The most frightening part of my experience was nearly being pinned between our car and the vehicle we almost struck, as I checked for damage. Ten seconds elapsed from the time I was kneeling on the pavement looking under our car to when I stood up and got back inside, at which time we were pulverized from behind. The effect of the collision was so loud and so violent, it was as if a bomb exploded. Had I been between the cars during the collision, I would have been crushed and likely died on the spot. I still cringe at my close call when I reflect back even though it's been 40 years.

When I climbed out of our crumpled car, I looked behind me and was horrified to see a multitude of cars bearing down on us at a high rate of speed. It was a nightmare unfolding before my eyes. Some cars were unable to stop and rammed into us, creating a chain effect. I frantically waived to catch motorists attention to stave off an even worse calamity as headlights from dozens of oncoming cars nearly blinded me. I was worried the drivers would not slow in time and would strike us again and again. There was little room on the freeway, which was actually a floating concrete bridge across Lake Washington, and no shoulder to pull over. Next to the white fog line was a concrete curb, so it was impossible to get around a stalled vehicle.

When disaster appeared imminent, I stepped to the edge of the bridge, looked down at the dark choppy water about 20 feet below and prepared to jump. It would be a quick decision, but necessary to preserve my life. Better to be wet and cold (and even risk drowning) than be crushed by cars tumbling at me out of control. Fortunately, jumping wasn't necessary as my worst fears weren't realized. When the dust settled, a half-dozen cars had crashed into each other with several people incurring major injuries, myself included.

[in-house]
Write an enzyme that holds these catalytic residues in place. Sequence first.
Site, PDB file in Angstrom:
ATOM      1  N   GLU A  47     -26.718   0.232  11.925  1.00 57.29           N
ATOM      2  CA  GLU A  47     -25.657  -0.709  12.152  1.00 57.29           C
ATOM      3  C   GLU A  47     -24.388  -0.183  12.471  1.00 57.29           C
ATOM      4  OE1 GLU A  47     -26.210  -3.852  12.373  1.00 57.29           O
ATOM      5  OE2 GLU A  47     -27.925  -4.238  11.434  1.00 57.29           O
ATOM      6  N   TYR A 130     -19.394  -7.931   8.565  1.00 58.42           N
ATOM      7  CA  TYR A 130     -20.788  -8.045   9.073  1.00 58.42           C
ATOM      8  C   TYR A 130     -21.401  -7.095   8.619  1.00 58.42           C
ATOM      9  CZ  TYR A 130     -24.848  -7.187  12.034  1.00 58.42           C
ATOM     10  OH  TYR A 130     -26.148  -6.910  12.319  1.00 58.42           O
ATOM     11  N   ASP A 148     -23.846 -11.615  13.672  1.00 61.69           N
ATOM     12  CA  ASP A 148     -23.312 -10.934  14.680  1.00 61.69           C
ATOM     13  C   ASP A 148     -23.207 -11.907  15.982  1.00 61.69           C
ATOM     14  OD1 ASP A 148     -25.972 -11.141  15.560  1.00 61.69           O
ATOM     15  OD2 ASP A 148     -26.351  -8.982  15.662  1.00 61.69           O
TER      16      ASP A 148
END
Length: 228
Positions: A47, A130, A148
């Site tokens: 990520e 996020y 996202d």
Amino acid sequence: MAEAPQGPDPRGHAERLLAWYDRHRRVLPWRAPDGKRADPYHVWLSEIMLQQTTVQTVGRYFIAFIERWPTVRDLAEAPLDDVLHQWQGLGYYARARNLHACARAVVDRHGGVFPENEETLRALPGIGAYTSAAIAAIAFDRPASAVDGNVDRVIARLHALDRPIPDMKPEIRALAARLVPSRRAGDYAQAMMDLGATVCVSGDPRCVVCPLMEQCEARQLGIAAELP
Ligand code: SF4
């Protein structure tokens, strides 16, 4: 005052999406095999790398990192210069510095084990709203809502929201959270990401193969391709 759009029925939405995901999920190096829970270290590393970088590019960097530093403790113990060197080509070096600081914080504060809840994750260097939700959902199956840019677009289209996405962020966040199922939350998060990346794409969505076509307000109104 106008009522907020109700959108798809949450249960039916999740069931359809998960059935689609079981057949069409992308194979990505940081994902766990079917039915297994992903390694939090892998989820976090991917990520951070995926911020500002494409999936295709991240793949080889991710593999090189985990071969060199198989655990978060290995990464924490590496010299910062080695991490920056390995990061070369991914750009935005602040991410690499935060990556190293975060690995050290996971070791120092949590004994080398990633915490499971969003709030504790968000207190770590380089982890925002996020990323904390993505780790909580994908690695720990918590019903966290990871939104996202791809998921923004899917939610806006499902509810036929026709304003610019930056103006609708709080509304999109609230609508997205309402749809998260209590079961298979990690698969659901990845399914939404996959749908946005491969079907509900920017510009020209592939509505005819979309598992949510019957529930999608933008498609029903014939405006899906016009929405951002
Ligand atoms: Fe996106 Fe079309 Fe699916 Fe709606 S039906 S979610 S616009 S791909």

Finally, an incident that could have had tragic consequences occurred one year while flying from Juneau to Seattle on Alaska Airlines. An hour into the flight while gazing out my window from my seat, I was stunned to observe a passenger jet suddenly appear out of the clouds and zip by us in the opposite direction. The plane was so close - I'm guessing 200 yards at most - I could almost read the lettering on it. I was stunned and asked myself - "Did I really see that?" It was a dark-painted aircraft, appearing to be a 727. Perhaps a cargo plane. Had a collision occurred, hundreds, myself included, would no doubt have instantly perished. Two planes traveling at 500 mph in opposite directions would have disintegrated each other on impact.

To this day, I have no idea what airline owned the plane and why it was flying so dangerously close. It was likely a breakdown in communication between the pilots or maybe a technical malfunction, causing the near miss. Moreover, nothing was ever reported in the press who probably were never aware of the situation that I'm certain was quietly kept from the public. A good old fashioned cover-up so company images weren't tarnished.

I was probably the only passenger who witnessed the event as I heard nothing from others on the flight. There should have been an investigation to determine why so many lives were placed at risk. It angers me when I think back and I regret not speaking up or even reporting the matter to the Feds. FAA rules require a minimum of at least a three mile lateral separation between commercial airliners or a thousand feet vertically. These rules were clearly violated.

Any one of these incidents could have claimed me, but thankfully I survived. Did God send a guardian angel or even a legion of angels to protect me as part of His plan? I'm convinced yes as the Bible suggests such angels exist. Jesus references them in Matthew and they are mentioned in Daniel and 2 Kings. I believe I was spared to eventually serve in the legislature - my destiny - in a position to help literally thousands of people on a wide range of issues, improving the lives of many in my state and community. So there was a reason, a purpose. 

"The Lord is faithful and He will strengthen you and protect you…"  2 Thessalonians 3:3